A 90-minute documentary by film critic, author and historian Richard Schickel that is highlighted by a rare and candid interview with the writer, director and actor Woody Allen. The interview, shot exclusively for this documentary in New York in October 2001, marks the first time Allen has participated in an American documentary about his career. The program examines Allen's work on such landmark films as "Take the Money and Run" (1969), "Bananas" (1971), "Sleeper" (1973), "Love and Death" (1975), "Annie Hall" (1977), "Manhattan" (1979), "Hannah and Her Sisters" (1986) and "Crimes and Misdemeanors" (1989). The interview and film clips, including scenes from his most recent film at the time the interview was filmed, "Hollywood Ending," are used to highlight his prolific career and examine Allen's childhood and explore what drew him to writing and directing. One of the foremost American filmmakers of the 20th century, Allen shares anecdotes about his extensive body of work from the past...Written by
Mia Farrow demanded that no footage of herself be included in the documentary, not wanting to be further associated with Woody Allen in any way, since their bitter separation. Other than a few shots, her wish was obliged by the filmmakers. See more »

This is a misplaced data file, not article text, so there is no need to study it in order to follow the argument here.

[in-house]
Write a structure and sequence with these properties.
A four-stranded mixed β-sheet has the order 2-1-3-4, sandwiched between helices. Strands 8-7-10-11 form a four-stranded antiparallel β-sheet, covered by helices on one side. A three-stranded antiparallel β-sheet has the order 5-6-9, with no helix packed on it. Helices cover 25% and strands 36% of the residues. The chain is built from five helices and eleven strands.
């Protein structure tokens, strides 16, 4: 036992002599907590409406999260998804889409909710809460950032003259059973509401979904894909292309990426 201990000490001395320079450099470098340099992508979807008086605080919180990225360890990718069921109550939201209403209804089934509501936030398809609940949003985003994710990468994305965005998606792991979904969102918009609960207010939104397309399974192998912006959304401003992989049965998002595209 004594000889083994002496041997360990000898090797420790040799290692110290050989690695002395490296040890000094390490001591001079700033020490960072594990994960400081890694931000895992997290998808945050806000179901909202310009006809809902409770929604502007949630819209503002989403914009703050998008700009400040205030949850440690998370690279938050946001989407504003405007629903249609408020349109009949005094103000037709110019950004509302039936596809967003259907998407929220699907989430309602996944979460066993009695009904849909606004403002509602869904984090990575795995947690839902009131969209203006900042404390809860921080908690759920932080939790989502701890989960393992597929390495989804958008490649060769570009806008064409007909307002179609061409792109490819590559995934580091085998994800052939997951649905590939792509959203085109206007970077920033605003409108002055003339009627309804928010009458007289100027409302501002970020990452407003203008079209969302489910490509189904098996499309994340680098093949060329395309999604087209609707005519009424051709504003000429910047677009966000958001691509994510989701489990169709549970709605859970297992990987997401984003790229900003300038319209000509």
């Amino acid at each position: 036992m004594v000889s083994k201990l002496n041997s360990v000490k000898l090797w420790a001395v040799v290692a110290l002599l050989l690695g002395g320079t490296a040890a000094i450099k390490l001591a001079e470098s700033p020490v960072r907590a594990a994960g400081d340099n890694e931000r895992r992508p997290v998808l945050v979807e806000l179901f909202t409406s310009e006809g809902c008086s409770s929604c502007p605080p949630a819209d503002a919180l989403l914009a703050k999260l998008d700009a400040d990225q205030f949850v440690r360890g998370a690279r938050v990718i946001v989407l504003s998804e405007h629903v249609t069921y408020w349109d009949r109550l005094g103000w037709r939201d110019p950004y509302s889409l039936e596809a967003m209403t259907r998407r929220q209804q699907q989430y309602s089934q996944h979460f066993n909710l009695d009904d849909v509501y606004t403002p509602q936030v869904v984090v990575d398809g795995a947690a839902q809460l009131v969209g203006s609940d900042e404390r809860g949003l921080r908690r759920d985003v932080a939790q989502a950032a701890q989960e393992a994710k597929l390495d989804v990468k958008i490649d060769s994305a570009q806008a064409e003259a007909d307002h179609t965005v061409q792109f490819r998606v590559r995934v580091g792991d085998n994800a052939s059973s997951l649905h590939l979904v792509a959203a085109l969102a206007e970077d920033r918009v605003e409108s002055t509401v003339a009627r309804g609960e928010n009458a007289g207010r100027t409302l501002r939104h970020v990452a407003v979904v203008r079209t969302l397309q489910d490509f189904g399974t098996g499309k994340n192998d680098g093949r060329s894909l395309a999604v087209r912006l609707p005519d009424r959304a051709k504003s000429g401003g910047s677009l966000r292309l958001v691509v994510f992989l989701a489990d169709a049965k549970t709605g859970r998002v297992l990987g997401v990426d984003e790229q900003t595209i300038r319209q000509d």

Tim Goodman's review for the SF Chronicle pretty much says most of what can be said, in a limited space, about this film, except that we don't know where Goodman is coming from, what assumptions he's made, how he feels about Allen's films, against which this documentary must be judged. My own attitude towards Woody's work is that the results have been mixed. The "early comedies" are pretty funny, when you're in the mood to be amused. For every silly gag that doesn't work, there are two gags that do. Then he began to get serious with Annie Hall, his most interesting film in my view. Then he got REALLY serious with Interiors. I've skipped much of his work since then. The usual twittering and stuttering, the constant indecision over commitment, all seemed repetitive and ultimately boring. The jokes seemed bootlegged into scripts that seemed designed to be something other than "merely" funny. Eg., in Stardust Memories, a fan asks Woody to write an autograph for his girl friend -- "Make it out, To Phyllis Weinstein, you lying bitch." It's funny but where's the shoe horn? Others, Manhattan Melodrama, were unclassifiable, a little suspense, a little humor, not enough really of either. Others, like Crimes and Misdemeanors, got by me entirely. Still, you can't help forming an impression of Woody the film maker after watching enough of his work. (Leaving the gossipy garbage aside.) The picture I formed was of an educated man with a fine sense of the absurd who both loathed and adored himself. (His character in his films tends to be successful with girls and he never suffers from impotence.) This documentary was somewhat surprising because Woody seems -- "seems", that is, we are all actors, after all -- to be refreshingly honest about himself and his work. He comes across, in fact, as quite modest. Not putting himself down in any simple-minded "neurotic" way, but simply being objective. He's not an intellectual, but he plays one in the movies sometimes. Why? Because he looks the part -- short, wimply, horn-rimmed. In real life, he tells us, he was kicked out of college in his first year and only read heavy stuff over the years in order "to keep up with my dates." (There has to be more to it than that, of course.) He is also able to play one other kind of character, the fast-talking but self-doubting street guy, as he does in, say, Broadway Danny Rose, because that character is part of the subculture he grew up in. When the role doesn't suit one of these two characters, he gets someone else. And he makes a believable argument that a lot of lines that he threw into his films at the last moment were nothing more than superficial jokes that just happened to come to mind. In Stardust Memories a fan says, "I liked your earlier movies better, when they were funny." It was not meant as an autobiographical statement, just an offhand gag. (John Lennon used to have the same problem with fans who attributed more meaning to his lyrics than they were meant to contain. "I just put that line in there because it rhymed," he would explain.) Most surprising of all is that this documentary shows us interviews with a Woody who is neither of the characters he allows himself to play on screen. He's not depressed, he doesn't crack jokes, he's thoughtful and articulate and modest, a likable guy, but not one who would attract your attention if he sat at the next table in the coffee shop. He's surprisingly normal. And, on top of that, he gives us fresh insights into his work. No, the films don't always turn out the way he wanted them to, but at least we get to know how he wanted them to turn out. This is really worth seeing. If you're a big Woody fan, of course, it's required viewing.
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